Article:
BMC Biol. 2022 Oct 11;20(1):230. doi: 10.1186/s12915-022-01425-w.
Background: The nose of most animals comprises multiple sensory subsystems, which are defined by the expression of different olfactory receptor families. Drosophila melanogaster antennae contain two morphologically and functionally distinct subsystems that express odorant receptors (Ors) or ionotropic receptors (Irs). Although these receptors have been thoroughly characterized in this species, the subsystem-specific expression and roles of other genes are much less well-understood.
Results: Here we generate subsystem-specific transcriptomic datasets to identify hundreds of genes, encoding diverse protein classes, that are selectively enriched in either Or or Ir subsystems. Using single-cell antennal transcriptomic data and RNA in situ hybridization, we find that most neuronal genes-other than sensory receptor genes-are broadly expressed within the subsystems. By contrast, we identify many non-neuronal genes that exhibit highly selective expression, revealing substantial molecular heterogeneity in the non-neuronal cellular components of the olfactory subsystems. We characterize one Or subsystem-specific non-neuronal molecule, Osiris 8 (Osi8), a conserved member of a large, insect-specific family of transmembrane proteins. Osi8 is expressed in the membranes of tormogen support cells of pheromone-sensing trichoid sensilla. Loss of Osi8 does not have obvious impact on trichoid sensillar development or basal neuronal activity, but abolishes high sensitivity responses to pheromone ligands.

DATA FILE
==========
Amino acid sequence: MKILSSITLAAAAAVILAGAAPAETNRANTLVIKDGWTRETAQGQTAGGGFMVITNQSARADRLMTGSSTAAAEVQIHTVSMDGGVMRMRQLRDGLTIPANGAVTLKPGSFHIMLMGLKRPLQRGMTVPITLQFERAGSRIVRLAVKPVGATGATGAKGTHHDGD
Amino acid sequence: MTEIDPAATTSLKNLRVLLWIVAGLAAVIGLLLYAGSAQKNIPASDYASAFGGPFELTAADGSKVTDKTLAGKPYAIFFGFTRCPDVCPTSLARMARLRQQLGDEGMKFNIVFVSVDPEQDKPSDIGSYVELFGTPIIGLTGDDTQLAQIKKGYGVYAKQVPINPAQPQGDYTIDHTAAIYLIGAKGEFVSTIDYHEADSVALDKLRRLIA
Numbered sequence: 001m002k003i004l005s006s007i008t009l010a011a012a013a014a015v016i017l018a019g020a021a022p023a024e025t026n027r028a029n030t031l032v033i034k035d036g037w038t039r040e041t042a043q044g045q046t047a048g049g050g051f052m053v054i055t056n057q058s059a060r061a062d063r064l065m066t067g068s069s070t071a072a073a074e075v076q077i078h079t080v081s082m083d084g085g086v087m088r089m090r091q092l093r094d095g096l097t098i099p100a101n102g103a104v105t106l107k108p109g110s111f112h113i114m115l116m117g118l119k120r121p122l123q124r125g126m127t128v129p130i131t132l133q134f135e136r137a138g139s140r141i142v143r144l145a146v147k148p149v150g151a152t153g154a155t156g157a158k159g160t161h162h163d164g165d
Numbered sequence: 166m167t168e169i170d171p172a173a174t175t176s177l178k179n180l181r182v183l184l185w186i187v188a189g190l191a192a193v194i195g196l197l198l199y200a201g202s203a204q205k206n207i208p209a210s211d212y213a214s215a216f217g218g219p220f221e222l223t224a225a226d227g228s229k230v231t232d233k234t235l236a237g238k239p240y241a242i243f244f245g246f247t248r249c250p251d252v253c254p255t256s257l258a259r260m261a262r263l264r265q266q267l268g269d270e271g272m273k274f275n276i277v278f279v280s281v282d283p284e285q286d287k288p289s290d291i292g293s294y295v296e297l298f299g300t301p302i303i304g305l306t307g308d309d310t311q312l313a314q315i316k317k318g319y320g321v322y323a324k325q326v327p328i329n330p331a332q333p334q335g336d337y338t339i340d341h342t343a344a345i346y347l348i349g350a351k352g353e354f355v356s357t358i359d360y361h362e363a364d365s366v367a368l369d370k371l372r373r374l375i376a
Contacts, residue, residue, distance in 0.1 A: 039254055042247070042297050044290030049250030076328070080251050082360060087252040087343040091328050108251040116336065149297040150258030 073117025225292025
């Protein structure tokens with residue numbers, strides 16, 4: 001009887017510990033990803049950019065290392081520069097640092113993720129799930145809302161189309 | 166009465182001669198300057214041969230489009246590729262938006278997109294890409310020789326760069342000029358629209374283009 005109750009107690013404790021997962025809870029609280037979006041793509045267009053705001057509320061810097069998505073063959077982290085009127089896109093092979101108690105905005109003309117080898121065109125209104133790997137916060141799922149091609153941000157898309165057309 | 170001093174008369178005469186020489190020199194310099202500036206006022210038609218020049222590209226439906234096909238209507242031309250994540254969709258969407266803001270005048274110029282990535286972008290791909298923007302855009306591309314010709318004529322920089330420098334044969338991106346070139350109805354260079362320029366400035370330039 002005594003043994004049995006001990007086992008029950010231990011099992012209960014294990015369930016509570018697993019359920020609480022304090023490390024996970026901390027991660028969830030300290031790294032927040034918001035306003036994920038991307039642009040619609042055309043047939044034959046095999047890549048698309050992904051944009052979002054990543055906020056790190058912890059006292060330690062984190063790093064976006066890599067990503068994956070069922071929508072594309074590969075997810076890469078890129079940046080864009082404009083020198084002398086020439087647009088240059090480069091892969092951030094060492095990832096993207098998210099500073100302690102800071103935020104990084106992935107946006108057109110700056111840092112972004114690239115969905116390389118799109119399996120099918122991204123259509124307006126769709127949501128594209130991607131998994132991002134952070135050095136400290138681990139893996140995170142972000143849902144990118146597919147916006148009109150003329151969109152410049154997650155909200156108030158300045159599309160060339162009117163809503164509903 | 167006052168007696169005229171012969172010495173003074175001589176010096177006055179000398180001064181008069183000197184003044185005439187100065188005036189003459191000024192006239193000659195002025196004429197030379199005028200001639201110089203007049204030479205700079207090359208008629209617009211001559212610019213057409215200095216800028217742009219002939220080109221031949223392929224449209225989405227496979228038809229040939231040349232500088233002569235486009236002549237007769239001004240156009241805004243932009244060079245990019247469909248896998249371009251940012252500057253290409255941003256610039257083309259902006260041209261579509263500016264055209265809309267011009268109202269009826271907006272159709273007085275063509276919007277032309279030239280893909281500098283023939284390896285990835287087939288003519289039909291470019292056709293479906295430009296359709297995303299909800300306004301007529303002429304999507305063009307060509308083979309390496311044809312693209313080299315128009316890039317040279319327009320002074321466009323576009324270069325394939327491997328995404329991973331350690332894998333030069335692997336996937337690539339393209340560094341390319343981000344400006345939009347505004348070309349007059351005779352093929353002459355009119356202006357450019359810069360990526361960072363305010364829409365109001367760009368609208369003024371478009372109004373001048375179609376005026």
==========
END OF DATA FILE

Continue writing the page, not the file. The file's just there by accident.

Conclusions: This work identifies a new protein required for insect pheromone detection, emphasizes the importance of support cells in neuronal sensory functions, and provides a resource for future characterization of other olfactory subsystem-specific genes.
Keywords: Comparative transcriptomics; Drosophila melanogaster; Olfactory subsystem; Osiris 8; Pheromone detection; Sensory neuron; Support cell.